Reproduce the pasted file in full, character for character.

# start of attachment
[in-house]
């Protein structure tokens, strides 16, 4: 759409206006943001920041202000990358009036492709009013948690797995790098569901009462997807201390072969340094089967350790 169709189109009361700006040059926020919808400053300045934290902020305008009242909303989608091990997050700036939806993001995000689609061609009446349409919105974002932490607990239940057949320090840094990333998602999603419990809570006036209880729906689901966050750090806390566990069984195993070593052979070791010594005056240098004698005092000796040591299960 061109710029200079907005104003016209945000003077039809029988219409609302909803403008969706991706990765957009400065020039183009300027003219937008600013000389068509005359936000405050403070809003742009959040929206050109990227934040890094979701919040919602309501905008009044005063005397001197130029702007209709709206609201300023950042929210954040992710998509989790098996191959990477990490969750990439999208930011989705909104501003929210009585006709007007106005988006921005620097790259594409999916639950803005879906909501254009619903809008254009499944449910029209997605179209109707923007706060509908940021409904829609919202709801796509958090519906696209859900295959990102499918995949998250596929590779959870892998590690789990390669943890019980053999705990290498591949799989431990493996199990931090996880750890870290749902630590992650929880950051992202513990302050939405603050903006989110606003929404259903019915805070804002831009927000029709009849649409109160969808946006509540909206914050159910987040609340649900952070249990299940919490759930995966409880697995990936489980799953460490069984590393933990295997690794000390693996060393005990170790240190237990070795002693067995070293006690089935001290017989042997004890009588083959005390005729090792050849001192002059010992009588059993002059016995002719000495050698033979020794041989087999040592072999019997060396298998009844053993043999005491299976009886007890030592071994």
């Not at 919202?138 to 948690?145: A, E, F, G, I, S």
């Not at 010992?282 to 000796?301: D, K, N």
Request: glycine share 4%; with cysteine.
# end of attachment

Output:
[in-house]
């Protein structure tokens, strides 16, 4: 759409206006943001920041202000990358009036492709009013948690797995790098569901009462997807201390072969340094089967350790 169709189109009361700006040059926020919808400053300045934290902020305008009242909303989608091990997050700036939806993001995000689609061609009446349409919105974002932490607990239940057949320090840094990333998602999603419990809570006036209880729906689901966050750090806390566990069984195993070593052979070791010594005056240098004698005092000796040591299960 061109710029200079907005104003016209945000003077039809029988219409609302909803403008969706991706990765957009400065020039183009300027003219937008600013000389068509005359936000405050403070809003742009959040929206050109990227934040890094979701919040919602309501905008009044005063005397001197130029702007209709709206609201300023950042929210954040992710998509989790098996191959990477990490969750990439999208930011989705909104501003929210009585006709007007106005988006921005620097790259594409999916639950803005879906909501254009619903809008254009499944449910029209997605179209109707923007706060509908940021409904829609919202709801796509958090519906696209859900295959990102499918995949998250596929590779959870892998590690789990390669943890019980053999705990290498591949799989431990493996199990931090996880750890870290749902630590992650929880950051992202513990302050939405603050903006989110606003929404259903019915805070804002831009927000029709009849649409109160969808946006509540909206914050159910987040609340649900952070249990299940919490759930995966409880697995990936489980799953460490069984590393933990295997690794000390693996060393005990170790240190237990070795002693067995070293006690089935001290017989042997004890009588083959005390005729090792050849001192002059010992009588059993002059016995002719000495050698033979020794041989087999040592072999019997060396298998009844053993043999005491299976009886007890030592071994």
């Not at 919202?138 to 948690?145: A, E, F, G, I, S």
């Not at 010992?282 to 000796?301: D, K, N």
Request: glycine share 4%; with cysteine.